Ginseng is essentially like hitting “Sport-Mode” in the coupe and going for a drive on the highway.

Studies on ginseng have shown that it lowers the concentration of stress hormones in the body [1], normalizes blood sugar levels [2], and significantly reduces the chances of developing cardiovascular disease [3-5].

3. Branched Chain Amino Acids (BCAAs)

Main Benefit: Drives muscle growth

BCAA stands for “branched chain amino acids”. It’s a term given for 3 amino acids; leucine, isoleucine, and valine.

Although there are 20 amino acids that are important to human health, these 3 are the most important for muscle building and athletic performance.

Exercise drains our body of these amino acids. Leucine is used up during protein synthesis, and isoleucine is used to regulate energy metabolism. We know that valine is important as well, but researchers are still trying to understand its specific role in the process.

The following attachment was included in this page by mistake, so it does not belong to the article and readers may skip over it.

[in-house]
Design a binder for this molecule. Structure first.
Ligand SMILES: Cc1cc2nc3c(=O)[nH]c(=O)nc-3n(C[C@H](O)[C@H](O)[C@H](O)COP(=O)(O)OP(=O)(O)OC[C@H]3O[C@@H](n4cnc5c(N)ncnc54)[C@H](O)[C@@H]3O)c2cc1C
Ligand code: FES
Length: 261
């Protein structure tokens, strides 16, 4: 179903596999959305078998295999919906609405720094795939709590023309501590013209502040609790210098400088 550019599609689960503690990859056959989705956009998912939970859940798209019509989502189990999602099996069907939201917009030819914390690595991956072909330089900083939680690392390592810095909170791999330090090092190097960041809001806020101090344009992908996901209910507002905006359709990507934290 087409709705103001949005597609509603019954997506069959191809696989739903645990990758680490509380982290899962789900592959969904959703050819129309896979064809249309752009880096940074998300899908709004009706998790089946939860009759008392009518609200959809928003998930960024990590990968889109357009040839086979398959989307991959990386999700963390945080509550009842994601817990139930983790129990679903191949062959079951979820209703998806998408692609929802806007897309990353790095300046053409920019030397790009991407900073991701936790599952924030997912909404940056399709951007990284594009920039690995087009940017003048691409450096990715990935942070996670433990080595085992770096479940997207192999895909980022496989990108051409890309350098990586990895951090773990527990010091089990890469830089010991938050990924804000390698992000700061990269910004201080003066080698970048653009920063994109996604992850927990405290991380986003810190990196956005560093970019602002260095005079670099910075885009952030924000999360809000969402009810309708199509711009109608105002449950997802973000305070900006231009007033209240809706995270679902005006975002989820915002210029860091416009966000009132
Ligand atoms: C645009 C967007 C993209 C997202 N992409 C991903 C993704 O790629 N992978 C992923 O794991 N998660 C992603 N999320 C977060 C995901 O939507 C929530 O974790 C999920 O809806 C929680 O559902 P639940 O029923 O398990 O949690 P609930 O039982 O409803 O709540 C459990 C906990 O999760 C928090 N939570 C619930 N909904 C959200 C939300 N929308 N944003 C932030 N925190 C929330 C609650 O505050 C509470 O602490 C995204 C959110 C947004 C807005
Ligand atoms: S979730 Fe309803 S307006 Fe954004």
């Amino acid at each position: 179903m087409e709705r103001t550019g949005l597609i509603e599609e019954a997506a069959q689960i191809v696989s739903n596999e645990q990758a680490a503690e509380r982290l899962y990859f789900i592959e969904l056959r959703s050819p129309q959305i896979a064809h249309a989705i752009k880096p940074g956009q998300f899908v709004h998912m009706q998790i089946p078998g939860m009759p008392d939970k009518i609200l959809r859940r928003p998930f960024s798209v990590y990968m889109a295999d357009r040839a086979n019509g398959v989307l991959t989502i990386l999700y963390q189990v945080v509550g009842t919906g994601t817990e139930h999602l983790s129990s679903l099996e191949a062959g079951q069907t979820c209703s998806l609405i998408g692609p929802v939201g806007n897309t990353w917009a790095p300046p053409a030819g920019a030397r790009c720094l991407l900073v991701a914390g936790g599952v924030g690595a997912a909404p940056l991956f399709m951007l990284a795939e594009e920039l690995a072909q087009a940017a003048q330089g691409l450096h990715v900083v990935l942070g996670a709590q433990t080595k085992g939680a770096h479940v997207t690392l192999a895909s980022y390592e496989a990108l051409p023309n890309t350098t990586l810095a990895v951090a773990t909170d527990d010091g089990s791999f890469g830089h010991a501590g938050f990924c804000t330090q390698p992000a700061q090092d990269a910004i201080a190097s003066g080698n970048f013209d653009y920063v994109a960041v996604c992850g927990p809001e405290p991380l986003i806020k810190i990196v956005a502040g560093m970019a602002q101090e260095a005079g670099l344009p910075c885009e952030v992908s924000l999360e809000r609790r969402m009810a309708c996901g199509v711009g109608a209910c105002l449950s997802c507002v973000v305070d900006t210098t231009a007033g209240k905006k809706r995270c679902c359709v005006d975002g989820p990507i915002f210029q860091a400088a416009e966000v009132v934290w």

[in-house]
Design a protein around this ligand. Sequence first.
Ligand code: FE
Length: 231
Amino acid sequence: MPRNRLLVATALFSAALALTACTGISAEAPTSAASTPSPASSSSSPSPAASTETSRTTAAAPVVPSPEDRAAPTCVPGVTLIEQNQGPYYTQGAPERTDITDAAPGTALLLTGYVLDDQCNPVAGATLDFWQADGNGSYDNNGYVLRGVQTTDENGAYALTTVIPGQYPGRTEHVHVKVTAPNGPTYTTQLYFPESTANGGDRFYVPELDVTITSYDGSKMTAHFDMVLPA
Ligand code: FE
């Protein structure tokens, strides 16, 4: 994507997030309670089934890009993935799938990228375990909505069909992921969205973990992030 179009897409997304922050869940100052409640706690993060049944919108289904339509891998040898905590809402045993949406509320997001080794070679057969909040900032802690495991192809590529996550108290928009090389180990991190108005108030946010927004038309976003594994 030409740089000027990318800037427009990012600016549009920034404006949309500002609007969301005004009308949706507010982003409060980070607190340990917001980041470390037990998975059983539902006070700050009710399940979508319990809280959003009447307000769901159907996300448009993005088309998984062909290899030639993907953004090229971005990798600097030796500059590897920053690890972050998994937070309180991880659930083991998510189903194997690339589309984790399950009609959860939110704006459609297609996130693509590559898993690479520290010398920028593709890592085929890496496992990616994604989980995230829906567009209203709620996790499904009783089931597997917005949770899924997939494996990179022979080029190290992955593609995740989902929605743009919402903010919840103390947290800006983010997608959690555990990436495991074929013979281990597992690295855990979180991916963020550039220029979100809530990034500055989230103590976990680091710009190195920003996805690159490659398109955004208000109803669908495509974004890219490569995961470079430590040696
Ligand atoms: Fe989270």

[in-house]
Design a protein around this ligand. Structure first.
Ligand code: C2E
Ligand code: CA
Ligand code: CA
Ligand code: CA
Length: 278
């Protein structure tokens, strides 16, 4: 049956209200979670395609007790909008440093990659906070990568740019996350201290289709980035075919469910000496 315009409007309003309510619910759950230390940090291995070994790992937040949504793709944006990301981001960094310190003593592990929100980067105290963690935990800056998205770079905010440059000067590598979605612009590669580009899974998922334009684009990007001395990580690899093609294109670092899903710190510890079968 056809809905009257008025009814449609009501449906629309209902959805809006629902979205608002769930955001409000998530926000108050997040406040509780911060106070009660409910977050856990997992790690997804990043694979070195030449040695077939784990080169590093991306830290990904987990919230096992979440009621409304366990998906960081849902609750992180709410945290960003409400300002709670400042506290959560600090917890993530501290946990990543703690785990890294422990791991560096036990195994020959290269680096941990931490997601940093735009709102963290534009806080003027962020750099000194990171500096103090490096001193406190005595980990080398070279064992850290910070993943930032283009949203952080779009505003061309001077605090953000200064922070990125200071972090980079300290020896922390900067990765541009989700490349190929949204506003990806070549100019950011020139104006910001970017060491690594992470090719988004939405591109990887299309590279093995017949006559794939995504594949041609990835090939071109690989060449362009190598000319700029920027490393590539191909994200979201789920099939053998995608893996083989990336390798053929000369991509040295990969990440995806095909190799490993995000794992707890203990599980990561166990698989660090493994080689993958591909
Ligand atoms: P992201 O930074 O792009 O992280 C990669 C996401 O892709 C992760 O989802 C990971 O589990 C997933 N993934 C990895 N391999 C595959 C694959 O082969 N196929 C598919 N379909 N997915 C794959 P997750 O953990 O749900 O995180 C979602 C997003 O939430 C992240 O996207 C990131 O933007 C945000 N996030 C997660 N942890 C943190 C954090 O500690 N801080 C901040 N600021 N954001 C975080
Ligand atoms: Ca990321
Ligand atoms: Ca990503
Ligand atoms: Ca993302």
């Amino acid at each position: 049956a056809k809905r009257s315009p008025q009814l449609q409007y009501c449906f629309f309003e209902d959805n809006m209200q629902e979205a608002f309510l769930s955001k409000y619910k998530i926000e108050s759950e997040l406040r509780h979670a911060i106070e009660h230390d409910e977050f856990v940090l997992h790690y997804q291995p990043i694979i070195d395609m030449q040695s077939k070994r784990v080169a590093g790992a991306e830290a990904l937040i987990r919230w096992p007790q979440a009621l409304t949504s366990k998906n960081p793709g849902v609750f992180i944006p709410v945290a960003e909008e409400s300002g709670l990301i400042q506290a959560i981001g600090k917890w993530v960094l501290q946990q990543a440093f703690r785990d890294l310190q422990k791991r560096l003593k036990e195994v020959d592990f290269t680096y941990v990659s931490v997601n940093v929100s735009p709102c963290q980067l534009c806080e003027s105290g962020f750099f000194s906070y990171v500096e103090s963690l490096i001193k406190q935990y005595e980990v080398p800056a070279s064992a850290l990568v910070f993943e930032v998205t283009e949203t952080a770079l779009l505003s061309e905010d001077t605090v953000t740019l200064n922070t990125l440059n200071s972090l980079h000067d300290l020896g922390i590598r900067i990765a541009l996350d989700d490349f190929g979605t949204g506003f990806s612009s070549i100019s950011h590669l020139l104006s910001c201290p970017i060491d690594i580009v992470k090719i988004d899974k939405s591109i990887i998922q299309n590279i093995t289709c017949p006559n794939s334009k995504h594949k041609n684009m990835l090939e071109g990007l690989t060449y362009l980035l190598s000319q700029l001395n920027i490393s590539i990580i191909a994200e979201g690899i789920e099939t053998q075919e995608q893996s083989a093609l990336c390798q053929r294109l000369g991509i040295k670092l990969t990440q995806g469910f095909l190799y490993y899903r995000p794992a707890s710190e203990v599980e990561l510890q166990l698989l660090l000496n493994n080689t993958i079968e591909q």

When we deplete these amino acids in the body during a workout it can cause an influx of tryptophan into the brain. Tryptophan surges in the brain can increase serotonin, which ultimately causes us to become fatigued more easily. [15].

By supplementing BCAAs, or eating a diet high in these proteins naturally, we can eliminate the fatigue that often comes with working out.

4. Maca

Main Benefit: Fuels hormone production and buffers the body from stress.